It was Saturday morning, our first morning in Mount Misery. We had a busy day ahead of us but first, breakfast. We passed a classic old-school diner not far from the motel. We take the dog for a walk then head to the diner.
We find a booth there and sit down. There is a TV up in the corner. Sophie is fussing with the dog. She is covering the dog’s carry bag with a scarf. The waitress comes by. We order coffee, eggs, turkey sausage, hash browns. I’m watching the TV up in the corner. CNN is talking about the rising numbers of COVID-19 cases during the Thanksgiving travel season. Then, there is some rancor over the disputed election results. The world is on edge.
Sophie continues to fuss over the dog. “I think the waitress knows we have a dog,” she tells me.
“I don’t think so,” I say.
Then, the manager walks by. He pauses at our table, looks around then comments, “I see you like to put a lot of ketchup on.”
“Hot sauce,” I say.
“”Yes, I can smell it,” he says, then walks off.
“You see?” Sophie says to me while adjusting the carry bag, “He knows. The waitress must have said something to him about the dog.”
“Yes, maybe,” I said. “But you need to stop fussing over the dog.”
I decide to change the subject to the business at hand – ghost hunting at Mount Misery.
“There are numerous legends associated with Mount Misery Road,” I say. “One I find particularly macabre, regards the phantom cop. According to the story, there is a cop that pulls over cars driving on Mount Misery Road late at night. Everything seems normal at first. The policeman asks the driver for license and registration. But when he walks back to his car, the driver is shocked to see the back of the cop’s head has been blown off. And his uniform is stained with dried blood.”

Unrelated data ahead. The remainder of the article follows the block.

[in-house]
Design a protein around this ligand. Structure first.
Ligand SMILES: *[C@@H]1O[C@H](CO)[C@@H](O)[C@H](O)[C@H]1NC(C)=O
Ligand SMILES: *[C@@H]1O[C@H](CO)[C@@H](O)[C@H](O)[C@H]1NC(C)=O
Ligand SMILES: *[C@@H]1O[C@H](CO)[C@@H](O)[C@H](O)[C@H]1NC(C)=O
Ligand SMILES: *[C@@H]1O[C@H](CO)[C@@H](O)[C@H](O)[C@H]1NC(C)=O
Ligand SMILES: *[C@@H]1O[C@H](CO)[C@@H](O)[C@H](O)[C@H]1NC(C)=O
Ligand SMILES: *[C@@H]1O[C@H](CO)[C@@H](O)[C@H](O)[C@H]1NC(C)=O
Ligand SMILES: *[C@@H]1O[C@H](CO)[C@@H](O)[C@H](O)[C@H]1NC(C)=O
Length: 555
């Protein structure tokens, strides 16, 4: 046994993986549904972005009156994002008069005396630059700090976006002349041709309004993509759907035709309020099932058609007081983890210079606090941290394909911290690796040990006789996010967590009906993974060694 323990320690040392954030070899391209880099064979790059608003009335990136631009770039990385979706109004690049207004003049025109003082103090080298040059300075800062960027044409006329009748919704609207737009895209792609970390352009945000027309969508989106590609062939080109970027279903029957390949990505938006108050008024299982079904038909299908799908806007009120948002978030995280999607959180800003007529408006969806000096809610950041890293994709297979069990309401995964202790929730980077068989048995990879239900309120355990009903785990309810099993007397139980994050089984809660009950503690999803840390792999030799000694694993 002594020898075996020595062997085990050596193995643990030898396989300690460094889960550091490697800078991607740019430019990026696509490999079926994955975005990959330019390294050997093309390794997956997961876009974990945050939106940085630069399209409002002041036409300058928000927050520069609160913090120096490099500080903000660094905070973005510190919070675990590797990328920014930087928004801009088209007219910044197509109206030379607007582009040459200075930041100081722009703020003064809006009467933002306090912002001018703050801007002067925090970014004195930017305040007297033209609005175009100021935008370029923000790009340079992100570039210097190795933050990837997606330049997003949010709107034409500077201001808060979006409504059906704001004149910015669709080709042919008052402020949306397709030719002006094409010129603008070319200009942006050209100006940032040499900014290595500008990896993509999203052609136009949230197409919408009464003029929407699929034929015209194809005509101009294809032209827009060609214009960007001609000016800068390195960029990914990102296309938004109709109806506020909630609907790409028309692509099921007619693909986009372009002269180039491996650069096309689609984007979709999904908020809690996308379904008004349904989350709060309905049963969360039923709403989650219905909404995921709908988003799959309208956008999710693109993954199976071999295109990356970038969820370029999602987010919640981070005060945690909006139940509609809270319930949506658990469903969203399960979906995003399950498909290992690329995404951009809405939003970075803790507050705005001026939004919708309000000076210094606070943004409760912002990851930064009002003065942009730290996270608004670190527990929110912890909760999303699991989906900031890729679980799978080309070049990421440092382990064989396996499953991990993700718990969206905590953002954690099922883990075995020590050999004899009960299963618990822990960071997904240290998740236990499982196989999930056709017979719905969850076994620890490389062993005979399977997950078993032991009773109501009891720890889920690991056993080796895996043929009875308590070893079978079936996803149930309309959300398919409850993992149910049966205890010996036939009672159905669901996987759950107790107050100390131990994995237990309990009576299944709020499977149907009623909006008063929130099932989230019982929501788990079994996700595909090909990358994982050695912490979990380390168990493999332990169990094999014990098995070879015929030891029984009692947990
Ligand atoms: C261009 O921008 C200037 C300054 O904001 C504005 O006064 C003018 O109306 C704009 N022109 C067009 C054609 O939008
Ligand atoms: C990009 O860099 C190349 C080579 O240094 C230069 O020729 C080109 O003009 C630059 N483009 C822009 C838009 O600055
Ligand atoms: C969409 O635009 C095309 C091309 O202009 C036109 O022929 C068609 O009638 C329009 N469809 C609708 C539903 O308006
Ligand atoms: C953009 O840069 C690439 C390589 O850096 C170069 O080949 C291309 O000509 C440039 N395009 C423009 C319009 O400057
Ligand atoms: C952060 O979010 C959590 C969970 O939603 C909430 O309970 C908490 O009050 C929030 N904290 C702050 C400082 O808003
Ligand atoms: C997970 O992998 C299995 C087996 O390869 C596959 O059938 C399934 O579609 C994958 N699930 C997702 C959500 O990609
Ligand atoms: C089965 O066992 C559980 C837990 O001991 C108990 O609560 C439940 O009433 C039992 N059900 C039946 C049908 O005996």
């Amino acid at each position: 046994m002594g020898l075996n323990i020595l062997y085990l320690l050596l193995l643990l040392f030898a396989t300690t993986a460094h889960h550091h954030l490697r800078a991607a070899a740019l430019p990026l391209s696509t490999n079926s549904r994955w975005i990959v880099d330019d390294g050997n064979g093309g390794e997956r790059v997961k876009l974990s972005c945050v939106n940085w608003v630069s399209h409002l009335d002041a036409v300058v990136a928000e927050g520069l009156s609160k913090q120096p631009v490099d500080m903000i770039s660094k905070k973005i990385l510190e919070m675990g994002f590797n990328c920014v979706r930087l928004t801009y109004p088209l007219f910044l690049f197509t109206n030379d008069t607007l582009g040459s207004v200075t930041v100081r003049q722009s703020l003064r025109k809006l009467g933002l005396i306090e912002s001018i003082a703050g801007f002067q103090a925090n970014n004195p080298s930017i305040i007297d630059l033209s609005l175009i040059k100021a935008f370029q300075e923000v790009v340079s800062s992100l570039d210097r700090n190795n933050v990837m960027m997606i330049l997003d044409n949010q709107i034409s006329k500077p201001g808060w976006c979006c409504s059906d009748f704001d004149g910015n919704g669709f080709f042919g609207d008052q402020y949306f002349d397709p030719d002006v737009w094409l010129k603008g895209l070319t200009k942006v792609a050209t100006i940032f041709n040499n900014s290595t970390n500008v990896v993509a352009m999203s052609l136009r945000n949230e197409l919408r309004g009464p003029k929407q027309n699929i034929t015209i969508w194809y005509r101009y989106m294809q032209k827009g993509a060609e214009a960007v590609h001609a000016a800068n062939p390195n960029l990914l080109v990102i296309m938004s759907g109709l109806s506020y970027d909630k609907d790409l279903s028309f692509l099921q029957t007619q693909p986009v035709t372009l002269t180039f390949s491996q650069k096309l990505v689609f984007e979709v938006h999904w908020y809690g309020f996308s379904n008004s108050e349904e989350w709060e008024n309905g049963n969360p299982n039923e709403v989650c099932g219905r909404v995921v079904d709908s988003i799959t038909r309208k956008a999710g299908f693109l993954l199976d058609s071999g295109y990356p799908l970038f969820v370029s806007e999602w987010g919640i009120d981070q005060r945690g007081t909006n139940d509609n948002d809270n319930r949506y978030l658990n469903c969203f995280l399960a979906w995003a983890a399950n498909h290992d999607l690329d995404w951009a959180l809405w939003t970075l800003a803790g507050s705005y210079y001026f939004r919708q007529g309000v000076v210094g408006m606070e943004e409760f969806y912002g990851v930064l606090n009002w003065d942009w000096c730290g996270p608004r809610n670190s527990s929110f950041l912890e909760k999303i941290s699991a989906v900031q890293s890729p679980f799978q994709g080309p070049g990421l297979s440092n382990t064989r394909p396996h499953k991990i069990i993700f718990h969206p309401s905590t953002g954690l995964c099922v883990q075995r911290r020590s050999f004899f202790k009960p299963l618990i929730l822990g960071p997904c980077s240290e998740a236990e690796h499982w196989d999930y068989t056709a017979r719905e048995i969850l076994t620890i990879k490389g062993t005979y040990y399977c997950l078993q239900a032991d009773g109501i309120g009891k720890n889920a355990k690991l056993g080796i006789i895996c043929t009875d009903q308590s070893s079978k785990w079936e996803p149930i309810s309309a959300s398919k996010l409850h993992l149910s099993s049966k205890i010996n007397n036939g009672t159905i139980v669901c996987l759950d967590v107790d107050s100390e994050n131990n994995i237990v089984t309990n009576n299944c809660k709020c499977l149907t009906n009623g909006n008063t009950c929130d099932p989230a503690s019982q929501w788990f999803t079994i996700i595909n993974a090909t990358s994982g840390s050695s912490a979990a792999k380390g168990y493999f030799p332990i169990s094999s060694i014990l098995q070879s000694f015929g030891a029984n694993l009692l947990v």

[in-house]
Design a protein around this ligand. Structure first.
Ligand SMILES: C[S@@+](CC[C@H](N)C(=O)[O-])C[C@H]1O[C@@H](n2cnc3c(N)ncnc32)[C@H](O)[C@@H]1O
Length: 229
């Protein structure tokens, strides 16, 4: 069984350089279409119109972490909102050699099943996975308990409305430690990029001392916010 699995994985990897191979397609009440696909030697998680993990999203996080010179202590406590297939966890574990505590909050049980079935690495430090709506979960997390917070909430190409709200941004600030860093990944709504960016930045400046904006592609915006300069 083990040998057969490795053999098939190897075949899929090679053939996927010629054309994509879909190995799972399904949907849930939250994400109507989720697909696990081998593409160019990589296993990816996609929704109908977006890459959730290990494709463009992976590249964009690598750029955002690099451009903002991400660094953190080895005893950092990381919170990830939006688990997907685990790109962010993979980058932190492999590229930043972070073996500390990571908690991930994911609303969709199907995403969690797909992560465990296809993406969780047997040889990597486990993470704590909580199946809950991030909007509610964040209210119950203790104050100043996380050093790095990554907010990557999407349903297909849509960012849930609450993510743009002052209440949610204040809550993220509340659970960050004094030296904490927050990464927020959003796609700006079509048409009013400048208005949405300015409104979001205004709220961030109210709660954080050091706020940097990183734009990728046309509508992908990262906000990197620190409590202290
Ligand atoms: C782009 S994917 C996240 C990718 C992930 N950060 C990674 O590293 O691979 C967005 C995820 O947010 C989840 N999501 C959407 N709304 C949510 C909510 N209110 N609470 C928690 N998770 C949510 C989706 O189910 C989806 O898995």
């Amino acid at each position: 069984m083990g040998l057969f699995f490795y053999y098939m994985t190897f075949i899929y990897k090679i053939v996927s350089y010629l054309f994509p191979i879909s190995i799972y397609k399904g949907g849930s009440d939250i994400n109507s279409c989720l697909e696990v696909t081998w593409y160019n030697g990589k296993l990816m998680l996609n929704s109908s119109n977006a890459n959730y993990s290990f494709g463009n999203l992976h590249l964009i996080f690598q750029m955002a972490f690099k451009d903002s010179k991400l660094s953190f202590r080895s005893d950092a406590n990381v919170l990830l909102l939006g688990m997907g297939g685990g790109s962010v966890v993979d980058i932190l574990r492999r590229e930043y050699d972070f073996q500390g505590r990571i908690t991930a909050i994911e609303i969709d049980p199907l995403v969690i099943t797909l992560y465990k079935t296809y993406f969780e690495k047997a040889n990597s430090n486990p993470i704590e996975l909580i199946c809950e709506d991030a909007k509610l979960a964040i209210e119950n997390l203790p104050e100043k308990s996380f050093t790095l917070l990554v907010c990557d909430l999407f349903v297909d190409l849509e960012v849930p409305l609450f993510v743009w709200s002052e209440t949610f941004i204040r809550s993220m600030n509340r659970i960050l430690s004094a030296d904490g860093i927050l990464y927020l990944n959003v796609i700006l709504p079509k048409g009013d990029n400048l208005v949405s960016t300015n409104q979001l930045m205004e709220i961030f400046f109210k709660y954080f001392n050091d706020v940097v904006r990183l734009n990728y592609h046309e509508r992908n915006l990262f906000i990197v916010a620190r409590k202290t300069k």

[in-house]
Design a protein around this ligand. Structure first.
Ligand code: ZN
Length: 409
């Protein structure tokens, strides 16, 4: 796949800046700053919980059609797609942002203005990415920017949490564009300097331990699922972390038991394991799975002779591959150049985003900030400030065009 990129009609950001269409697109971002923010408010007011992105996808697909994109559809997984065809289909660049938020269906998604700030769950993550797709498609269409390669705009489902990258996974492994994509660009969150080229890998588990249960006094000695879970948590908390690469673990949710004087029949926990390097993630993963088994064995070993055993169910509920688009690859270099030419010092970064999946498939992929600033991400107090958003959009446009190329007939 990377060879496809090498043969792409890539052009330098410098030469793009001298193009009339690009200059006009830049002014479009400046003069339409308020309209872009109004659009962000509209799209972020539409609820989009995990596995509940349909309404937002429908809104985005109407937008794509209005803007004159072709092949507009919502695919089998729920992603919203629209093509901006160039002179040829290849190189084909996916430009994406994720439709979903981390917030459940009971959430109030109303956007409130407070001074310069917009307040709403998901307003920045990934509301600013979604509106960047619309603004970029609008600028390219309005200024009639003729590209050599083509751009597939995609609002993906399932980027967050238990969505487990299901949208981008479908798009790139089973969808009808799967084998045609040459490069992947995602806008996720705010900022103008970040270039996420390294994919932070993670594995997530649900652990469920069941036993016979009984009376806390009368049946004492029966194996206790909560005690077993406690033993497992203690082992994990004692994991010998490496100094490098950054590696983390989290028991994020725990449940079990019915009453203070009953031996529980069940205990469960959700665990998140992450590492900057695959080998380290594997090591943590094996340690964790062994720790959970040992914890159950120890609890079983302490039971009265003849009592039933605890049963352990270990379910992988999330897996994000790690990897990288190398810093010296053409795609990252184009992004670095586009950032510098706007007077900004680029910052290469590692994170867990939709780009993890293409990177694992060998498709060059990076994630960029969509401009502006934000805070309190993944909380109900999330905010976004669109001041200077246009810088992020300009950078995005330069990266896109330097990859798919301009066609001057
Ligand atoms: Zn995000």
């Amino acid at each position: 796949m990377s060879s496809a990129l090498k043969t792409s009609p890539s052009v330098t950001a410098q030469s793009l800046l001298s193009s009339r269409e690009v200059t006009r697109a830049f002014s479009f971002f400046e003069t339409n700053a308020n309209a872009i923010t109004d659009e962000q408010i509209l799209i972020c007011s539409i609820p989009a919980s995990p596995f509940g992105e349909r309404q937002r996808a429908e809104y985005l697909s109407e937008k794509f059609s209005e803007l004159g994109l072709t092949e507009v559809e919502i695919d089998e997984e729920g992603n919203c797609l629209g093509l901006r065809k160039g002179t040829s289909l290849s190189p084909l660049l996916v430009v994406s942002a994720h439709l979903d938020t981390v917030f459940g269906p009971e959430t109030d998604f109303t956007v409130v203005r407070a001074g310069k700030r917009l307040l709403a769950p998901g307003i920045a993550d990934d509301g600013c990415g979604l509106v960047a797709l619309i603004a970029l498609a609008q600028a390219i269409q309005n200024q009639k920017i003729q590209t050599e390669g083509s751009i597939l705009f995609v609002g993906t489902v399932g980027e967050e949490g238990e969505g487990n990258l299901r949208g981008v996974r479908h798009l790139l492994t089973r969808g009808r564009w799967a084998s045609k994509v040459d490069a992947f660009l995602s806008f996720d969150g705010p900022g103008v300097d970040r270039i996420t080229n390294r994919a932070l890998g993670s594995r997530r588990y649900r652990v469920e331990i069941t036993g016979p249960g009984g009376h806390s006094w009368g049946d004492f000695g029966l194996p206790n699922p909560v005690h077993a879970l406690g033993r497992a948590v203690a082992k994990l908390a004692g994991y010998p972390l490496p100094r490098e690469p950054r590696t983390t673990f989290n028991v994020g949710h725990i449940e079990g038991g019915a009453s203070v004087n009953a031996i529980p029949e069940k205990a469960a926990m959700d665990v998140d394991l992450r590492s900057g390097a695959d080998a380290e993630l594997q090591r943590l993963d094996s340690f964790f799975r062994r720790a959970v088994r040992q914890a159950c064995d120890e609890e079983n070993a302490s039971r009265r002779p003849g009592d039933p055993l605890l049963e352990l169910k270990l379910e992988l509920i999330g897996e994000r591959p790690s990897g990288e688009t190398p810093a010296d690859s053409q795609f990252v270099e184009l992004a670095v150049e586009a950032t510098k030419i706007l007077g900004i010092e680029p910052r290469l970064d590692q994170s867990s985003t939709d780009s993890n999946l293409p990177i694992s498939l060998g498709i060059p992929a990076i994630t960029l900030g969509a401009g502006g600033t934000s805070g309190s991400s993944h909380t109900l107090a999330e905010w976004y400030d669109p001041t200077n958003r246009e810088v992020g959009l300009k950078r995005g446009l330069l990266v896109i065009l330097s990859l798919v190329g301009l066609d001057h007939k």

“Gross,” Sophie said.
“Yes,” I said. “Apparently, this is the ghost of an officer who died while patrolling the area. At some point, I’d like to check the records to see if we can verify that a cop did in fact meet his fate on Mount Misery Road.”
“I don’t see why that should be too difficult,” Sophie added.
“Another, more recent story, took place on Sweet Hollow Road,” I said. “Apparently, several teenagers hung themselves from the Northern State Parkway overpass back in the 1970’s. According to legend, if you honk your car horn three times while approaching the overpass, you will see these dead kids.”
“That’s pretty scary,” Sophie said.
“Another version states that in fact, two boys were hit by a car because the driver didn’t honk the horn to warn them of its approach. Now, if you approach the overpass without honking, these two ghosts will jump out at your car.”
The waitress approached our table. “Would you like anything else?” she asked.
“No thank you,” Sophie said.
She dropped the check on our table and went on her way.
“She was totally suspicious,” Sophie whispered. “She kept looking down at the bag.”
“I think you’re being a little paranoid,” I said. “Well, they want us to leave anyway. With this limited seating, they don’t want us to sit around all day. There are people waiting for our table.”